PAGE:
Berkut – Spacesuit for spacecraft Voskhod 2
- In use over the years: 1964 – 1965
- Space ships: Voskhod 2.
- Mass: 20 kg plus backpack 21 kg.
Berkut – Created on the order of the conversion of a one-person cabin from Vostok to Voskhod. Adapted to a three-person crew. The equipment of the cabin had to be kept to a minimum, and this also applied to the suits. On October 12, 1964, the Voskhod 1 spacecraft took off into space. There were three cosmonauts in it, dressed only in woolen trousers and jackets. The mission was surprisingly successful, but the risk was very high. Another goal of the competing US and USSR was to go out into the open space (EVA).
In order to save space in the cabin, the new Soviet suit, called Berkut, i.e. the golden eagle, chose a soft construction for itself. To keep it supplied with oxygen for an extended period of time, a backpack containing three 2-liter oxygen cylinders is included. Providing its inflow for 45 minutes. With this equipment, on March 18, 1965, the Voschod 2 spacecraft set off into space. The crew was made up of Pavel Belyayev and Alexey Leonov. Under the conditions of space vacuum, his suit expanded in volume and literally turned into concrete. On his way back to the ship, Leonov realized that he simply couldn’t fit into the pressure chamber anymore.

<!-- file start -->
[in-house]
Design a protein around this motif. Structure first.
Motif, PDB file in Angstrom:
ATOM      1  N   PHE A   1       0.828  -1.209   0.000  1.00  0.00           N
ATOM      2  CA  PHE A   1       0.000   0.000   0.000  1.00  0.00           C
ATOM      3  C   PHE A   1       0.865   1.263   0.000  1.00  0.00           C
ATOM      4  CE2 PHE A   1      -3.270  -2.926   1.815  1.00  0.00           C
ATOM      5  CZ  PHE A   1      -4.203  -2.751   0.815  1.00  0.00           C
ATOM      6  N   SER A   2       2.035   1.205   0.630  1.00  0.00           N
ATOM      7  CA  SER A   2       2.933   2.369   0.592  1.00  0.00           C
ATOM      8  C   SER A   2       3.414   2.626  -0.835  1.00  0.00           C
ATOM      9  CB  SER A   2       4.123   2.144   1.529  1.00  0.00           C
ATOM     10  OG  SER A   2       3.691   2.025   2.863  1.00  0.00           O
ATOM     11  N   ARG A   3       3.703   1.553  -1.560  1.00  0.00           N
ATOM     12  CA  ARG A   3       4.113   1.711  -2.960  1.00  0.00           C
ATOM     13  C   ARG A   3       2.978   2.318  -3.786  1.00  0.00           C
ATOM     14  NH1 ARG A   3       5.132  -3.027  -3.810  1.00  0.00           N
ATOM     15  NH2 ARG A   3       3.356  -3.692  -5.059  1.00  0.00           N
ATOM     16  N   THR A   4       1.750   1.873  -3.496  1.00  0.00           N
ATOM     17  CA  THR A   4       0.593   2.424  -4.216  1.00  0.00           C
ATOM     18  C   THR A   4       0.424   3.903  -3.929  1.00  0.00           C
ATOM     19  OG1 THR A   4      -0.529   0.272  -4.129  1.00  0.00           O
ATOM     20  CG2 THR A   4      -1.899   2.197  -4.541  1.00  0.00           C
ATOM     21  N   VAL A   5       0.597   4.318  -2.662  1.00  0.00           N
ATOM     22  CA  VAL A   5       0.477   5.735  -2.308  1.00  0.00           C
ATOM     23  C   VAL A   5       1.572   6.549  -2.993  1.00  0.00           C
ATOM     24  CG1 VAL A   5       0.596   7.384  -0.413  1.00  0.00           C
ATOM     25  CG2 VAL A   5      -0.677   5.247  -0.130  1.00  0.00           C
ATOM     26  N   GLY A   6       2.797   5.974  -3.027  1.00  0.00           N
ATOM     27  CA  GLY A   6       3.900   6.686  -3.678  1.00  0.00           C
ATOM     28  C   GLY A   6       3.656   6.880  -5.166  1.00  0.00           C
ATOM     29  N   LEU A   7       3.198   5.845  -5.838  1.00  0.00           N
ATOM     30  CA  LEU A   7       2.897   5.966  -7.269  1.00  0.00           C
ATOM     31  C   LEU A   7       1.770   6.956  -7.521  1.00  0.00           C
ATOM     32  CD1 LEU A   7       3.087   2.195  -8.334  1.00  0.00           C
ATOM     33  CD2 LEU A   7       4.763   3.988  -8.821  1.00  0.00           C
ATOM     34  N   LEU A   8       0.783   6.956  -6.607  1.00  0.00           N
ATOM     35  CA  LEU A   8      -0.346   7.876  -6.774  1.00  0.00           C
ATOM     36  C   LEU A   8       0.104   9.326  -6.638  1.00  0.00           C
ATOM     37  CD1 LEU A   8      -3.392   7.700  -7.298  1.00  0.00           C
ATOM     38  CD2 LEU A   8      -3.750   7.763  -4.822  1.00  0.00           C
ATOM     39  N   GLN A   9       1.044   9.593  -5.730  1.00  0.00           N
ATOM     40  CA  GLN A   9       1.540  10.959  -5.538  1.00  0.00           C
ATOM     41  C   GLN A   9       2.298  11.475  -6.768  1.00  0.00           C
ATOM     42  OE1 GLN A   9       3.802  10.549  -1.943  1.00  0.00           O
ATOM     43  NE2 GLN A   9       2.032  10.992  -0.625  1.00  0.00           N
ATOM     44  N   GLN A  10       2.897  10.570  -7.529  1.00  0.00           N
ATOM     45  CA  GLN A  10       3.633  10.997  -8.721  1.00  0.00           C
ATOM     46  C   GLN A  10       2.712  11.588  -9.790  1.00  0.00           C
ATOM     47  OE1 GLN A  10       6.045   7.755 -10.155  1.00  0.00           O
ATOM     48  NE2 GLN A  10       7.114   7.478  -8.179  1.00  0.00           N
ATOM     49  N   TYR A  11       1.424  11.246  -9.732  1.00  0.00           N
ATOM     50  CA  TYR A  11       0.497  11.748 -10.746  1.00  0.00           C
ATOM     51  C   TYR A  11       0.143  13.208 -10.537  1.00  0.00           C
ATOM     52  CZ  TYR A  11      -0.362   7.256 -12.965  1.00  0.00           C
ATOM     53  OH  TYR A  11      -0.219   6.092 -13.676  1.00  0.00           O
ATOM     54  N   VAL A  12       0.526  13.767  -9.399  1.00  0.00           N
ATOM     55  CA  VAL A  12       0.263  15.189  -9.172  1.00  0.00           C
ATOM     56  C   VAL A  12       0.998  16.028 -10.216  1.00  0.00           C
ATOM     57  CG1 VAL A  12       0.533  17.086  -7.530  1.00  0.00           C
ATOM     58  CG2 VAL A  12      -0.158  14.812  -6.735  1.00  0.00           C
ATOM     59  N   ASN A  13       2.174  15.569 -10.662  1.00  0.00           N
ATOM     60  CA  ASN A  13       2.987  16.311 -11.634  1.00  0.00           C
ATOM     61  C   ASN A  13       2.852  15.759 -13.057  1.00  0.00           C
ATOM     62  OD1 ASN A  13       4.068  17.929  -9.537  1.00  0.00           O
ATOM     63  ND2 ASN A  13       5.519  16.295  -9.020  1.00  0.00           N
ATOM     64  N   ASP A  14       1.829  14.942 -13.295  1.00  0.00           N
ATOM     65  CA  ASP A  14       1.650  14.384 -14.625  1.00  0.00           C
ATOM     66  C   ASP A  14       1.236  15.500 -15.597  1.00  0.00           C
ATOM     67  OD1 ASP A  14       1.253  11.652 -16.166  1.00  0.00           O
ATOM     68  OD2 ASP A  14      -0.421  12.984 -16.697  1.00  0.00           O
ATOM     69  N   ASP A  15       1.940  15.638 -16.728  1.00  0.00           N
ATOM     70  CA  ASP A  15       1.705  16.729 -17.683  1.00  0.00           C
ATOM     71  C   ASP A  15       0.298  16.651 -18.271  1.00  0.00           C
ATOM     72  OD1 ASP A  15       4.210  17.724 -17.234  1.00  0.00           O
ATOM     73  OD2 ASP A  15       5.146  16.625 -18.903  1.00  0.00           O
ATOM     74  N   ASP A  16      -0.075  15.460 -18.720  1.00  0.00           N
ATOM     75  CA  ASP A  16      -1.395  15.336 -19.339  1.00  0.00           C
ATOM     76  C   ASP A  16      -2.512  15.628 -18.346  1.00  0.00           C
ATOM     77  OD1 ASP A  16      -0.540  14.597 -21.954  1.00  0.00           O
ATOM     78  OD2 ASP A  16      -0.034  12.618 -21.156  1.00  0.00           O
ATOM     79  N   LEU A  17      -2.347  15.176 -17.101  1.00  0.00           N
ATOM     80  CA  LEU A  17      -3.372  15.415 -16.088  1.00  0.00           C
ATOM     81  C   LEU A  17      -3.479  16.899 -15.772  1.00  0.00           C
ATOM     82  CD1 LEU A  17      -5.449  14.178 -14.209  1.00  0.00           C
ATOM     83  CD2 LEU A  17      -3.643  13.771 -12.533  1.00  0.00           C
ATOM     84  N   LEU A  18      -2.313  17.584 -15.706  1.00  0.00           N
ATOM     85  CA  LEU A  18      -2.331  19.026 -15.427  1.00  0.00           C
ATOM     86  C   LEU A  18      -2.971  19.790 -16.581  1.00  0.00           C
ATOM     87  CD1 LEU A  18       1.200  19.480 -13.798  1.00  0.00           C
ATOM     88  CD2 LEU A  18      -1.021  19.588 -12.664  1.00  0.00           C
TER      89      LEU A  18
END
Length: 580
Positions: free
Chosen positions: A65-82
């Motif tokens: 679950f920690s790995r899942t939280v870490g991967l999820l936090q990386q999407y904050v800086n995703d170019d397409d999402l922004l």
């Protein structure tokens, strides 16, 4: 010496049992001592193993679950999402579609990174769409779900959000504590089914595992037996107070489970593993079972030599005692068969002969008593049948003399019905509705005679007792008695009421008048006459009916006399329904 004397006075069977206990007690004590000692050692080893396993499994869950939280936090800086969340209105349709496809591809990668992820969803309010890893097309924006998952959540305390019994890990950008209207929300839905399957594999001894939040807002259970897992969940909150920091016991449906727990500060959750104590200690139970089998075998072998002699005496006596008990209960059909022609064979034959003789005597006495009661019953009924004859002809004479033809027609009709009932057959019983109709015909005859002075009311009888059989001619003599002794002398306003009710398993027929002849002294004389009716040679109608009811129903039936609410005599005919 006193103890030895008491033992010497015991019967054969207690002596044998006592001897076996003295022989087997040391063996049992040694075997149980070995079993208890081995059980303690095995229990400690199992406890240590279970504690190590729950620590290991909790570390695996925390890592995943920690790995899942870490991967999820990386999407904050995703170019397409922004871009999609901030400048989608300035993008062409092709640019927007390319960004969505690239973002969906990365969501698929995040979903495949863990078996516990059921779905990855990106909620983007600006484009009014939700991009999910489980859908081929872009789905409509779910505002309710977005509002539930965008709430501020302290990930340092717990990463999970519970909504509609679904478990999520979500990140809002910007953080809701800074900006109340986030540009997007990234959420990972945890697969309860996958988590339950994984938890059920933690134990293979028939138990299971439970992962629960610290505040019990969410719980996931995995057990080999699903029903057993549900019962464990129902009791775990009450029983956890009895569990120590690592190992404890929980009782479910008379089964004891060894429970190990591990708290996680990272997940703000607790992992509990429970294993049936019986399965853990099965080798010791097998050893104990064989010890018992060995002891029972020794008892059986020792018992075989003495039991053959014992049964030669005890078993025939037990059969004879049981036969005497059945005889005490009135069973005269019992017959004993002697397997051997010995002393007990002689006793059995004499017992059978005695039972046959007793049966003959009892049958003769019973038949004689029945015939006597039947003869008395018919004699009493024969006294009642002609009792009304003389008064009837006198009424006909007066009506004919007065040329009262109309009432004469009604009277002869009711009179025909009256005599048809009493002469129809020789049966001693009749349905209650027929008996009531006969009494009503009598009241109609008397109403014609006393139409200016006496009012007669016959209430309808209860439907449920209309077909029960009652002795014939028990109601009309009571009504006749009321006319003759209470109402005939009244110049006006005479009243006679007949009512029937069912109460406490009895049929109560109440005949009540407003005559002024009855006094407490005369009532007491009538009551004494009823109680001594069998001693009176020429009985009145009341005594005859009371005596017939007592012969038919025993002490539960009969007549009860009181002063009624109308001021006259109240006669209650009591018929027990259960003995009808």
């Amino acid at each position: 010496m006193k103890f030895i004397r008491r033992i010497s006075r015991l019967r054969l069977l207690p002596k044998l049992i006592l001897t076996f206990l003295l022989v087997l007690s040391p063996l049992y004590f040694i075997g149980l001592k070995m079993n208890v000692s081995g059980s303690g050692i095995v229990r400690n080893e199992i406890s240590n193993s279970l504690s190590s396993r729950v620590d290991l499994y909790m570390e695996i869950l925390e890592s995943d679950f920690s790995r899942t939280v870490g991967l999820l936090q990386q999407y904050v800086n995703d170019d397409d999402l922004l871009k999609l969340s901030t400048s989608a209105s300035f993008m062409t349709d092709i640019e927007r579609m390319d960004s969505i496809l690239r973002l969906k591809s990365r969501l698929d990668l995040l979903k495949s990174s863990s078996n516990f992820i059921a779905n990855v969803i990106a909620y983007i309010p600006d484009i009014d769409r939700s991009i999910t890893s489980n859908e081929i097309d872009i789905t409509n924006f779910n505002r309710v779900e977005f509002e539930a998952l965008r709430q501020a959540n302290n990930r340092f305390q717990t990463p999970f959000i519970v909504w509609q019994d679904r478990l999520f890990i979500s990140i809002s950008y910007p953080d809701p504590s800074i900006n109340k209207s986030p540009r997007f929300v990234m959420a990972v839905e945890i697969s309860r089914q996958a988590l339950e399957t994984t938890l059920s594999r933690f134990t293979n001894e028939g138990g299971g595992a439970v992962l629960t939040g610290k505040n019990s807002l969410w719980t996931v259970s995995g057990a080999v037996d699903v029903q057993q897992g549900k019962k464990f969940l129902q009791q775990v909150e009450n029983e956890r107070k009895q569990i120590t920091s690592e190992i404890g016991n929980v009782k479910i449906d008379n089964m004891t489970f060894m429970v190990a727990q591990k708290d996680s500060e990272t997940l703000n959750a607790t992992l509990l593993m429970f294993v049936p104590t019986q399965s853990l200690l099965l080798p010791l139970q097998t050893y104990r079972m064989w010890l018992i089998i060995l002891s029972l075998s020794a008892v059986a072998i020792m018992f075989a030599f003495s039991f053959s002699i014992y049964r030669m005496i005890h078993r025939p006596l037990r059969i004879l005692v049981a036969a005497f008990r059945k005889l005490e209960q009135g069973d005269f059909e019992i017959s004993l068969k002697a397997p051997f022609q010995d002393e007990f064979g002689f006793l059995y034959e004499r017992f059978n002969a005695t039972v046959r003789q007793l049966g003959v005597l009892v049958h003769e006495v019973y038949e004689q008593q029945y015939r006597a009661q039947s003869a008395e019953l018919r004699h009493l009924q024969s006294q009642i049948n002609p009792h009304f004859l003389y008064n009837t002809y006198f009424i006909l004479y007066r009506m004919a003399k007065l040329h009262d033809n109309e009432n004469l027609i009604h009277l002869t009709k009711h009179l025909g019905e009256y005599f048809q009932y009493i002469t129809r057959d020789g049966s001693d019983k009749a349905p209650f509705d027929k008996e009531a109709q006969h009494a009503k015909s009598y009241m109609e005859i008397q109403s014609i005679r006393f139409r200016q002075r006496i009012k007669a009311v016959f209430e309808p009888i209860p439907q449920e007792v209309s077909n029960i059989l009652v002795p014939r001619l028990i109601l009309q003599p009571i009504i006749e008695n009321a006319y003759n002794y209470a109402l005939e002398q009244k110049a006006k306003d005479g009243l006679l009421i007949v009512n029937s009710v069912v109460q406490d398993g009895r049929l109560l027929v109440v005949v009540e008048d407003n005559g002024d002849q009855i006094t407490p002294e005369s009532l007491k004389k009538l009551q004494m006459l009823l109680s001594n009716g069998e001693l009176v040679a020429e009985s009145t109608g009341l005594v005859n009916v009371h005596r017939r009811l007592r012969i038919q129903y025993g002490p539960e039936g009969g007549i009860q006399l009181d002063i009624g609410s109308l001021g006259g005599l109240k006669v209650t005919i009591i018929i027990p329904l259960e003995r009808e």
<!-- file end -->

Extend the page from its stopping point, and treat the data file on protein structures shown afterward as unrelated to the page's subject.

He started fighting for his life. He lowered the pressure to the critical 270 hPa, which corresponds to a pressure of 10,000 meters above sea level. It reduced the stiffness of the suit and eventually got into the chamber, but head first. So he had to flexibly get into the correct position for returning to the ship. During this maneuver, he got stuck in the narrower part of the chamber, but eventually succeeded. He spent 23 minutes outside the ship, 12 of them in open space. Cooling the suit turned out to be problematic as well, Leonov was overheating during the space walk and he was in danger of collapsing.